The monetary policy committee, or MPC, of the Reserve Bank of India (RBI) will meet on April 5 and 6 for its bi-monthly review of monetary policy. After its last review meeting, on February 8, the MPC surprised markets by keeping the policy interest rates steady at 6.25 per cent, saying that it was awaiting clarity on the impact of demonetisation on India’s growth momentum and the inflation dynamics. The RBI is now formally an inflation-targeting central bank, following the signing of a memorandum of understanding with the government. Monetary policy is devised by the MPC to target an inflation rate of 4 per cent with a margin of 2 per cent. The last print of Indian consumer price index (CPI)-based inflation, for the month of February, was 3.65 per cent, year-on-year, up from 3.17 per cent in January. These numbers do suggest that the MPC was right in its last review to assume that there might be some underlying upside risk to inflation.
The question is if the underlying threat to inflation has moderated since February. A priori, there is no reason to suppose this is true — in fact, the reverse. After all, the demand slump caused by demonetisation had an effect on inflation in the November-February period. The slow remonetisation of the economy will naturally impact demand positively, which will feed into prices. Furthermore, “core” CPI-based inflation — which takes food and fuel out of the calculation, and is used to examine the persistence and expectations of price changes — was close to 5 per cent in February. Meanwhile, weather forecaster Skymet issued its first analysis of the 2017 monsoon this week, which suggested that rainfall might be below average this year. Further, it suggested that much rainfall would be front-loaded, followed by a comparatively dry spell. Thus the path of food inflation going forward is significantly more worrisome than it was in February.
Meanwhile, the slow recovery of the global economy has begun to tell in terms of the prices of crude oil and other commodities. India, as a net commodities and crude oil importer, is extremely sensitive to global price movements. While crude oil prices have actually fallen by almost 6 per cent since January 1, the Organization of Petroleum Exporting Countries might well extend its agreement to cut production. Recent analysis of shipments in March suggests that even countries not bound by the agreement, such as Nigeria and Libya, have begun to cut production. The future path of crude prices is thus unclear, as it depends on when the production cuts begin to impact overall oil shipments, as well as when a second wave of shale oil production from the United States hits the market.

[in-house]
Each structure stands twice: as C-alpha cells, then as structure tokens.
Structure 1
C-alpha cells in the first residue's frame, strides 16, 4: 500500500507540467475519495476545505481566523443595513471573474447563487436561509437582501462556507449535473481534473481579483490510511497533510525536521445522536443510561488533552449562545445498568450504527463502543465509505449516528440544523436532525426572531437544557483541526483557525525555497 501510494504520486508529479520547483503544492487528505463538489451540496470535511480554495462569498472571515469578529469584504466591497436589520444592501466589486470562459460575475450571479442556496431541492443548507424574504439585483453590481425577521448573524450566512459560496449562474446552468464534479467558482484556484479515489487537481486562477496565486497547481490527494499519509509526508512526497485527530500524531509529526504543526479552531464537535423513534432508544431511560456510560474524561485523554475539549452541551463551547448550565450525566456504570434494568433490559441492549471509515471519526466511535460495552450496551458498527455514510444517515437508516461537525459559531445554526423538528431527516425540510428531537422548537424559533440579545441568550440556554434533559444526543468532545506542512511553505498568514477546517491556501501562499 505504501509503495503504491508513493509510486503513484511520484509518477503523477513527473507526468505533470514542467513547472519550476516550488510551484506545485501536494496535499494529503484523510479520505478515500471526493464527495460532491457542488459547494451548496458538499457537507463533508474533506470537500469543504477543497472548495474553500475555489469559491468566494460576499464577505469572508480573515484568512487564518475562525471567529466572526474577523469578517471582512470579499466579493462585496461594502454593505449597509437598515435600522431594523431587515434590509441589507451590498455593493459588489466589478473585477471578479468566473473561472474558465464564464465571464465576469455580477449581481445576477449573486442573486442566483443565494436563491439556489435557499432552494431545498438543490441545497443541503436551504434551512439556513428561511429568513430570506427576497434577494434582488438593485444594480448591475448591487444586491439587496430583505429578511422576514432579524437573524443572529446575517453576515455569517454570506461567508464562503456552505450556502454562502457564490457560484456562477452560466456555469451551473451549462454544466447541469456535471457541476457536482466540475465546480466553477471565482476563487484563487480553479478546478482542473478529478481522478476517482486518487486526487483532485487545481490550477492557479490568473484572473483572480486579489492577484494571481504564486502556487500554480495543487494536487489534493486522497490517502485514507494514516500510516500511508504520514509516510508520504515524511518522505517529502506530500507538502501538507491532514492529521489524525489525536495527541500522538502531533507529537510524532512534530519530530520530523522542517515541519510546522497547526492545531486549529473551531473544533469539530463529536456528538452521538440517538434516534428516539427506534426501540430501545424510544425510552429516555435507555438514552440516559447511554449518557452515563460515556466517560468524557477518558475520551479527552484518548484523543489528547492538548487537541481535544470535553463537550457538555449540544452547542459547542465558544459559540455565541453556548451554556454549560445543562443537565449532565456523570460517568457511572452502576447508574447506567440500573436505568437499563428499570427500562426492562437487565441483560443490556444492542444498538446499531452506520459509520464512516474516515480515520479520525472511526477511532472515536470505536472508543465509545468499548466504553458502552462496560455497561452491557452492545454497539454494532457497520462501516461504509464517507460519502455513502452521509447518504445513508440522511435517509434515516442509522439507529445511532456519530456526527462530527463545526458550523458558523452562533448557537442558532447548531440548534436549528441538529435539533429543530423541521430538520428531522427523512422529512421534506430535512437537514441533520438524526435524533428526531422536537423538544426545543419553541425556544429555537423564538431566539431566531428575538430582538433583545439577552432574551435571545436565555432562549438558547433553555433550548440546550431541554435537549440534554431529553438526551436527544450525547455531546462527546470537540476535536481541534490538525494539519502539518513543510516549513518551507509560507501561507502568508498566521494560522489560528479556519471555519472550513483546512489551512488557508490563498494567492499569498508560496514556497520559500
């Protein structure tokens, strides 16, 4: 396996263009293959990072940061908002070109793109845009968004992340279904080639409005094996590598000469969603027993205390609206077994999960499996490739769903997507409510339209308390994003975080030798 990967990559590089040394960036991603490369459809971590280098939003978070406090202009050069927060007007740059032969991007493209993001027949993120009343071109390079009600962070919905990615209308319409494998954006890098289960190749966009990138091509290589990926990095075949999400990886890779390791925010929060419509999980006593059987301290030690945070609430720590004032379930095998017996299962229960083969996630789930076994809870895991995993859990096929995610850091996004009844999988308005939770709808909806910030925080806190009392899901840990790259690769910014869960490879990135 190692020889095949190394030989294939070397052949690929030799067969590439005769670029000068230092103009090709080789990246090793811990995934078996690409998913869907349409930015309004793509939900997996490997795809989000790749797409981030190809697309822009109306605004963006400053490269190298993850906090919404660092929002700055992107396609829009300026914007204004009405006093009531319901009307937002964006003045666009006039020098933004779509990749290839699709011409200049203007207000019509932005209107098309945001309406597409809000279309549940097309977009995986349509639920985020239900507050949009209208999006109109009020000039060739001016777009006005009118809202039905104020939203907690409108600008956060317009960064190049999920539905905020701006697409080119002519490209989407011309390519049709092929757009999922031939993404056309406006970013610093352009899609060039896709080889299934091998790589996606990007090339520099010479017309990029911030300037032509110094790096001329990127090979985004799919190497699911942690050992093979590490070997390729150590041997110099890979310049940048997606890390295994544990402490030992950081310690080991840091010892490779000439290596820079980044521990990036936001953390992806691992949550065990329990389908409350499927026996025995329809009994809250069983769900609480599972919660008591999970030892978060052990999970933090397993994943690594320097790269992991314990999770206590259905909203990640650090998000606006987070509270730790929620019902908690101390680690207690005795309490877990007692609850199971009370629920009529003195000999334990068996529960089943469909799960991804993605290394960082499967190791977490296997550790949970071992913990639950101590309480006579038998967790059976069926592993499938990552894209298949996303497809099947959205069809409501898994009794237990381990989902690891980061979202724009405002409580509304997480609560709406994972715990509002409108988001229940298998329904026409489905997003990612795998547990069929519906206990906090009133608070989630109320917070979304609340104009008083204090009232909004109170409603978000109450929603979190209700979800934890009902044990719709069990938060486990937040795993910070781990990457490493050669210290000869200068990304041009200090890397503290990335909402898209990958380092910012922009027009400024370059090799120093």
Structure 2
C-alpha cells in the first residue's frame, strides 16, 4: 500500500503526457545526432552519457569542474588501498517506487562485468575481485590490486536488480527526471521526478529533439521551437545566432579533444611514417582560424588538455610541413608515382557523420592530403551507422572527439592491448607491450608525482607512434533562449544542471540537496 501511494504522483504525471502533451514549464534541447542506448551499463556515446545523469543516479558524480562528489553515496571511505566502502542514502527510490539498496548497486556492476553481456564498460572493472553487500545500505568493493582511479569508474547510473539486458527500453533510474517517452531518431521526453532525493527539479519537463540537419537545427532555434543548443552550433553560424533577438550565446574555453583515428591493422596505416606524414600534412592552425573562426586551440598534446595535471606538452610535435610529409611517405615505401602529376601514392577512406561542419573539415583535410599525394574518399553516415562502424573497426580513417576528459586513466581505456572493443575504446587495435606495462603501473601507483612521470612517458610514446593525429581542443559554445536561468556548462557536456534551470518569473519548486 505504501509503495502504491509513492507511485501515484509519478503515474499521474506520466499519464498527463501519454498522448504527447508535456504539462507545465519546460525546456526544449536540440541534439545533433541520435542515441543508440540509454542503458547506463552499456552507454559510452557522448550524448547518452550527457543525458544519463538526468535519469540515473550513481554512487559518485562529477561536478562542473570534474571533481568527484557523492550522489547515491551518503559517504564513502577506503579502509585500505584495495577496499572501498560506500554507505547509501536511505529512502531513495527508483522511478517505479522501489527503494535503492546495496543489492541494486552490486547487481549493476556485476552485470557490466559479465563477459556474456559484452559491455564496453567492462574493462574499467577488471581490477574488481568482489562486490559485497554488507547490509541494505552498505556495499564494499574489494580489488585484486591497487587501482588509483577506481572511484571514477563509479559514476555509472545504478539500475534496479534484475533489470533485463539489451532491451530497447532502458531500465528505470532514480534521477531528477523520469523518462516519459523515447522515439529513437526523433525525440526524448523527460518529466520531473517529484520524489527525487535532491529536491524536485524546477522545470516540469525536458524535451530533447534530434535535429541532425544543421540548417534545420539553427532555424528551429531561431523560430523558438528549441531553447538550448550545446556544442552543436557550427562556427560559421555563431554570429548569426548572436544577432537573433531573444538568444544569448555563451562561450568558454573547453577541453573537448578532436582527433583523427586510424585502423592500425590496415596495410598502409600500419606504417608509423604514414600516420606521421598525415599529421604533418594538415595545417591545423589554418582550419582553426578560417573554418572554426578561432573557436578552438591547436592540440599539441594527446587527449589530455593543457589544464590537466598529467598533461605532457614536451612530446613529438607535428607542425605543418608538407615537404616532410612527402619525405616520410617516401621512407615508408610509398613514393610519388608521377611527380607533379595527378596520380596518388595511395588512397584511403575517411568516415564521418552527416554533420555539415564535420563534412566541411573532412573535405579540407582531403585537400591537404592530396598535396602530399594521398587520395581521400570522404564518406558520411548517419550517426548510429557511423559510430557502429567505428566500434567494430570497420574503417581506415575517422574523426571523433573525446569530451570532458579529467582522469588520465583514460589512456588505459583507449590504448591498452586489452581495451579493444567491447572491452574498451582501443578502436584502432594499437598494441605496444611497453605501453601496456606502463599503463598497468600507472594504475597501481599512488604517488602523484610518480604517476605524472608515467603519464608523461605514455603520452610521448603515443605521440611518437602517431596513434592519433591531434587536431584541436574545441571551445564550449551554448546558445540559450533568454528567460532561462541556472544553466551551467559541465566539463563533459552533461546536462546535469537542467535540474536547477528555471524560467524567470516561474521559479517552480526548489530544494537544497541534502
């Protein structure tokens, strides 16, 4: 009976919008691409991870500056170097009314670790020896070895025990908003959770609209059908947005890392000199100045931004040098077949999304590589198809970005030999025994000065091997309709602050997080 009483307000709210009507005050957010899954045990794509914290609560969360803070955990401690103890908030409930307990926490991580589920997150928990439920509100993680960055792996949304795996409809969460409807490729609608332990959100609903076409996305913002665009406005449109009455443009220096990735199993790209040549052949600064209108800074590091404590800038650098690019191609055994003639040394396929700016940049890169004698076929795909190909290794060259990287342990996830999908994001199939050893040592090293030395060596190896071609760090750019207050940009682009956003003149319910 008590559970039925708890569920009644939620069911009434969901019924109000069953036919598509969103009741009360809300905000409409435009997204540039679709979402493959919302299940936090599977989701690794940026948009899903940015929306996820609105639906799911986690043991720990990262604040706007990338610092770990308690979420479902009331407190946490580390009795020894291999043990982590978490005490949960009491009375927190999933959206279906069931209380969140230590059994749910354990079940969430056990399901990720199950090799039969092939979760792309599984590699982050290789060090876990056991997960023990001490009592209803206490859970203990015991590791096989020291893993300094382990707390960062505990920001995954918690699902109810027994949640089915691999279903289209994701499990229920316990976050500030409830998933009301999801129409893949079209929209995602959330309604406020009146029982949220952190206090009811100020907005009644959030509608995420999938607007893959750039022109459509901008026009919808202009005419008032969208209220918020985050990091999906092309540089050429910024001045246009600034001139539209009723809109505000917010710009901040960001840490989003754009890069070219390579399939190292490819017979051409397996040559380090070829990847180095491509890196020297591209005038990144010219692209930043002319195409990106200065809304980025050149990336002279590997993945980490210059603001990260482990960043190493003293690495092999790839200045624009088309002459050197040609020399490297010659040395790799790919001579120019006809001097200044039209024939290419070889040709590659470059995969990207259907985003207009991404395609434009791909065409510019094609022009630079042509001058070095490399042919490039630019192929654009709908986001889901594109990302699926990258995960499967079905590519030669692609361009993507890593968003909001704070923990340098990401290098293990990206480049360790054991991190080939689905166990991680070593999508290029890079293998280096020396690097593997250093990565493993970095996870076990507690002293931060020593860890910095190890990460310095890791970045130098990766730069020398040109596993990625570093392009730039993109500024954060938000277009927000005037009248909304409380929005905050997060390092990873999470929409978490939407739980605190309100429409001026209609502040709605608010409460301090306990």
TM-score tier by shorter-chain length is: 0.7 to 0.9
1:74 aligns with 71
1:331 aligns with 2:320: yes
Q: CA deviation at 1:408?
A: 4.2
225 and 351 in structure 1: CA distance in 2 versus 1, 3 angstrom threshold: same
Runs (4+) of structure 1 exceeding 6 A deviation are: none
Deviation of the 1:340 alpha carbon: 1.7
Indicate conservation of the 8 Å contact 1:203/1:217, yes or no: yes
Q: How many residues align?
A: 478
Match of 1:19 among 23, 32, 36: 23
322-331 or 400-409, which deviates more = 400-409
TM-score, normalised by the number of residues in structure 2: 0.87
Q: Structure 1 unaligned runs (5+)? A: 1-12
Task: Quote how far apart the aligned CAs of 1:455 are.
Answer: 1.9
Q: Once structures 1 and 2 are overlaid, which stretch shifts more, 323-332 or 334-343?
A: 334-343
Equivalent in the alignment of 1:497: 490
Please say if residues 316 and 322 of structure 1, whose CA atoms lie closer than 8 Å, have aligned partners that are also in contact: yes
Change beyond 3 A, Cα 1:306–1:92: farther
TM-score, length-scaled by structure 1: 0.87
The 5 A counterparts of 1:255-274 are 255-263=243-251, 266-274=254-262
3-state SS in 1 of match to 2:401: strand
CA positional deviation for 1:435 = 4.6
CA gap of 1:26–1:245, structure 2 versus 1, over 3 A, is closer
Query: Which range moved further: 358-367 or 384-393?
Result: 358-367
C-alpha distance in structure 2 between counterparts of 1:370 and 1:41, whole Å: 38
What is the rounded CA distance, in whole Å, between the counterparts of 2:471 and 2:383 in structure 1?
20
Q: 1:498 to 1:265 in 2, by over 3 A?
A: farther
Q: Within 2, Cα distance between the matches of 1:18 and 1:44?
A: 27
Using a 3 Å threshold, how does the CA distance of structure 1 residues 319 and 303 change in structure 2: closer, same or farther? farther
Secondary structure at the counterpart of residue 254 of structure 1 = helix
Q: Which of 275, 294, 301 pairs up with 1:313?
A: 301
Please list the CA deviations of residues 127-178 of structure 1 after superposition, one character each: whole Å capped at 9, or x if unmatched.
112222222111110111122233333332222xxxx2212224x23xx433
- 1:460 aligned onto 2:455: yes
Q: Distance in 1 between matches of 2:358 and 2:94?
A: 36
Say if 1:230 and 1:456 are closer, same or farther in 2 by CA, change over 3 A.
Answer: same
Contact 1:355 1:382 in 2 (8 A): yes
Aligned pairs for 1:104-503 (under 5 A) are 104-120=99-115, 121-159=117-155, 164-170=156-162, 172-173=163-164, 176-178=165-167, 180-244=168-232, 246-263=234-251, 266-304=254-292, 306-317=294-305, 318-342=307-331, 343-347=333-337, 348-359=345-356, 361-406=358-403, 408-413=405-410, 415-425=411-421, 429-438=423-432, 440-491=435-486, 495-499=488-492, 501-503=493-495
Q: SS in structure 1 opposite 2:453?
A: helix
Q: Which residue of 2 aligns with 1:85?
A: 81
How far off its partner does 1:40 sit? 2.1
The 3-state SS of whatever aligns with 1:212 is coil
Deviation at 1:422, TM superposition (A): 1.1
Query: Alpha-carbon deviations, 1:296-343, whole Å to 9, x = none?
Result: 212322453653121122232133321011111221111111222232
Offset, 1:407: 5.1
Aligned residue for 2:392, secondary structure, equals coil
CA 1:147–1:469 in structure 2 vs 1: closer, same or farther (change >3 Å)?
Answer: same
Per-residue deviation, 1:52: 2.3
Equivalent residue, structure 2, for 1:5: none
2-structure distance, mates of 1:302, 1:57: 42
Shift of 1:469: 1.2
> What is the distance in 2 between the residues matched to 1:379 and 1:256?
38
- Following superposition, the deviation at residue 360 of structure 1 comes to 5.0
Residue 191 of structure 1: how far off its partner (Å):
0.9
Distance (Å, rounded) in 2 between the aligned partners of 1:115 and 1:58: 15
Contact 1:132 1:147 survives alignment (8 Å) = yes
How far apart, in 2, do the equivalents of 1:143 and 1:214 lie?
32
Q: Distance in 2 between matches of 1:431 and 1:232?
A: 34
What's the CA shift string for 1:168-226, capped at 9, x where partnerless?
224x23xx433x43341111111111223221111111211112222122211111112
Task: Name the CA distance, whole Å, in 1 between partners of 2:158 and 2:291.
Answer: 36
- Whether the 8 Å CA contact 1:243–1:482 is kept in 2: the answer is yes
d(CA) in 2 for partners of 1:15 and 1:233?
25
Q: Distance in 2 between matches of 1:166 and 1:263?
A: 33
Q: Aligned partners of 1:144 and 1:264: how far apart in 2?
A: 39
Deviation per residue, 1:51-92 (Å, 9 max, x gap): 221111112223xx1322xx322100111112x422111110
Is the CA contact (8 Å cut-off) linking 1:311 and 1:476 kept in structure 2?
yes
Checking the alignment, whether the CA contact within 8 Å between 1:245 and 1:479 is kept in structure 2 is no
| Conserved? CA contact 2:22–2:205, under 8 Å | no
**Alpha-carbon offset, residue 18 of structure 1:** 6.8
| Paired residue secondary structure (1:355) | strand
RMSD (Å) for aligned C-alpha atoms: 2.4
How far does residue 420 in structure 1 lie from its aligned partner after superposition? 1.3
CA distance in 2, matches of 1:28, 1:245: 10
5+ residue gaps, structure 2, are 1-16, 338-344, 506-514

Domestically, the recovery of demand after demonetisation might allow producers to finally seek to pass some costs on to consumers. Meanwhile, the effect of the goods and services tax on retail inflation is still uncertain. In other words, there are few, if any, markers to suggest that the situation has improved since February, while there are several indications that the upside risks to inflation have increased. Judging simply by these factors, it is hard to see any reason for the MPC to depart from its neutral stance in the February monetary policy.